Now for the cooking course, which I promise Ben didn’t really force me into doing! This took place at the Thai Farm Cooking School, which is just outside the city, so delightfully away from all the traffic and set in beautiful countryside. This cooking school comes highly recommended by Trip Advisor, and also me. So if you are considering doing a course, definitely do this one. Only 1,300B (about £25!) Our teacher for the day was an incredibly happy chappy named Yummy (fitting, huh?). We got to cook five meals over the course of the day. I chose red curry, tom yam soup, pad thai, chicken & cashew nut stir fry and mango sticky rice (obviously). We also got to visit the Thai market to learn about ingredients, walk around the farm and taste everything fresh and, my favourite part of the day, we got to eat all of the meals we had prepared. YUMMY! Therefore, if any of my friends would like an authentic thai meal when I return, let me know as I need to keep practicing. Please note that I will provide no health insurance for any sickness that follows.
I realize that we haven’t really written about our evening activities. That’s because literally every evening we have enjoyed a Chang beer at John’s Place or Oasis Rooftop Bar (links below) and played Shithead (the card game). Which, by the way, I am winning by four rounds as of last night due to Ben getting smashed on an interesting cocktail named ‘Cheers Sexy’. Also, if you ever want to eat at John’s Place, the food is amazing but also amazingly SPICY. So if you ever eat there, make sure you ask for ‘a little spicy’, or you’ll turn into a cyclops like me.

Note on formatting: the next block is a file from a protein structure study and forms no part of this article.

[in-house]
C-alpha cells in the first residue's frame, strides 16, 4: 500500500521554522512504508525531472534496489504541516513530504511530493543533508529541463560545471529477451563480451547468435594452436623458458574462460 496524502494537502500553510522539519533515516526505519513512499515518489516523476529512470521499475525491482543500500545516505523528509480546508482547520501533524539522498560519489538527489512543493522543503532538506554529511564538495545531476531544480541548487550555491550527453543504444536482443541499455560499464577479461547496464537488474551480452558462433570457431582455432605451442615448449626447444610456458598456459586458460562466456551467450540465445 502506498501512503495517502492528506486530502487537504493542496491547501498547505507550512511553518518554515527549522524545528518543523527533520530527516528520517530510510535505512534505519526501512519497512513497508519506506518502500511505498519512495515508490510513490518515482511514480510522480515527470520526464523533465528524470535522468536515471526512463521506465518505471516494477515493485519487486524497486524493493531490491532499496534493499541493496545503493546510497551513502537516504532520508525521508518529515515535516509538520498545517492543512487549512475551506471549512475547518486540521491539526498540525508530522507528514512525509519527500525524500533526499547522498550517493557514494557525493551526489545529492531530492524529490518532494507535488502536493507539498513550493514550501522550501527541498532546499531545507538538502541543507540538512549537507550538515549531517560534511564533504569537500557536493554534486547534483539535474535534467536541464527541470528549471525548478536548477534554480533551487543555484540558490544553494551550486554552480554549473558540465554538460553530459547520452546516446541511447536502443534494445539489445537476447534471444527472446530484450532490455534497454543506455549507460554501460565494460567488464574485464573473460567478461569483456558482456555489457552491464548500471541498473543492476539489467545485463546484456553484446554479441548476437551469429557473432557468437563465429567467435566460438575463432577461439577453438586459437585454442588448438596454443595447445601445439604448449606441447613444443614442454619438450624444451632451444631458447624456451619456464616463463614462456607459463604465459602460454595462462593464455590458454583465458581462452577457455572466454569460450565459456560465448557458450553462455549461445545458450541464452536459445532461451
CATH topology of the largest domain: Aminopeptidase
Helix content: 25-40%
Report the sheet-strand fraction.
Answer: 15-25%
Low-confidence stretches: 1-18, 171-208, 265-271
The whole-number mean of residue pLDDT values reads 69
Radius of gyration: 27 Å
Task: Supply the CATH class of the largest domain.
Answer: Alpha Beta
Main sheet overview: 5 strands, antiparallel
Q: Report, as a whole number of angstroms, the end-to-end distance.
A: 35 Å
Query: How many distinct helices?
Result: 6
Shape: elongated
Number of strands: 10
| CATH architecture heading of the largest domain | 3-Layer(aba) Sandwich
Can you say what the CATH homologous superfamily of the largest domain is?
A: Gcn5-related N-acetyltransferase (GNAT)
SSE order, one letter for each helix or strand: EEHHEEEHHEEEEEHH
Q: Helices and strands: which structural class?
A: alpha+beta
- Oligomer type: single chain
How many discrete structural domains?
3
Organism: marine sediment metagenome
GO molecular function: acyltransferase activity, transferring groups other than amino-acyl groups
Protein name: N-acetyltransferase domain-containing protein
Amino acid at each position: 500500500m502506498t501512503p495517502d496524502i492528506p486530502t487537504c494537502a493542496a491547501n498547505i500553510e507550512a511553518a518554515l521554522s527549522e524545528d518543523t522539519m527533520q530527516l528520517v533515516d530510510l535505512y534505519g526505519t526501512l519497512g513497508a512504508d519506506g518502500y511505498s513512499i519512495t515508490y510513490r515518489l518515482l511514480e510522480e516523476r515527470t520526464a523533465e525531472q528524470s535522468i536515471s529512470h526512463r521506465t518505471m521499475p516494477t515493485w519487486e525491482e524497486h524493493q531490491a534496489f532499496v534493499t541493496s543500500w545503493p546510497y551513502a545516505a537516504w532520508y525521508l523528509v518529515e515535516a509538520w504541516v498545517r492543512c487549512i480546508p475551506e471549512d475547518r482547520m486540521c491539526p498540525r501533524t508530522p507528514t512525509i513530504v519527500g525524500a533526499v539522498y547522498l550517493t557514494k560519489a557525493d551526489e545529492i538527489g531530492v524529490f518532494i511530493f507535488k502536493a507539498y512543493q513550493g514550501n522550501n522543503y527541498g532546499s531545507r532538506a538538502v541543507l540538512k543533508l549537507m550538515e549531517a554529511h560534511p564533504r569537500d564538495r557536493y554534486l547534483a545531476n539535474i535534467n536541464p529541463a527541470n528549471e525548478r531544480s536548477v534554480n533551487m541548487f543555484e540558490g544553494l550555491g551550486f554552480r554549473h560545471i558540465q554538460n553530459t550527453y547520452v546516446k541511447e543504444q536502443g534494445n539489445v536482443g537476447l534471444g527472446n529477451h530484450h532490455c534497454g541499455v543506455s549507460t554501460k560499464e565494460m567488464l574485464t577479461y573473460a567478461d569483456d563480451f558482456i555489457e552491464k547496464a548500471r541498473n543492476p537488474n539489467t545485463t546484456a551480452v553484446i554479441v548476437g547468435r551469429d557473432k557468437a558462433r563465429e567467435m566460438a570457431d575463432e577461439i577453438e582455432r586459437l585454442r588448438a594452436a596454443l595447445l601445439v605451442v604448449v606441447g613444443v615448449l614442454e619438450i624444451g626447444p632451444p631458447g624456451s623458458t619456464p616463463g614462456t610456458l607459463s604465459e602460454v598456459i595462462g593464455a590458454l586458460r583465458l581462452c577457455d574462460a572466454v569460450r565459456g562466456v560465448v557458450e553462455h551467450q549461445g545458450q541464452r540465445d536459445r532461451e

Well, we are coming to the end of our stay in Chiang Mai. Our last day is tomorrow and then we are off to Pai. The journey involves an extremely winding road with 762 turns. I think the sleeper train journey will seem like a haven compared to this…
SUPER COOL ELEPHANT FACTS
- Elephants can detect personalities in humans, and therefore it is in fact the elephant that chooses its owner based on his/her personality.
- Elephants live in human years and can live up to 100 years old
- The length of an elephant’s pregnancy is 18 months
- Elephants are very emotional animals and can experience joy, anger, grief and happiness
- Elephants have no stomachs, hence why they can eat 250kg per day.
- Elephants have a ‘finger’ at the end of their trunks, which can be used to pick up something as small as a shard of glass
- An Asian elephant can carry up to 150kg on its back, which makes the act of bareback riding (usually on the elephants neck) not cruel and actually a very healthy way of exercising domesticated elephants
Read the link for further information about the ethical elephant experience, which mentions Baanchang Elephant Park.
This post was originally published on EGGSONTOUR.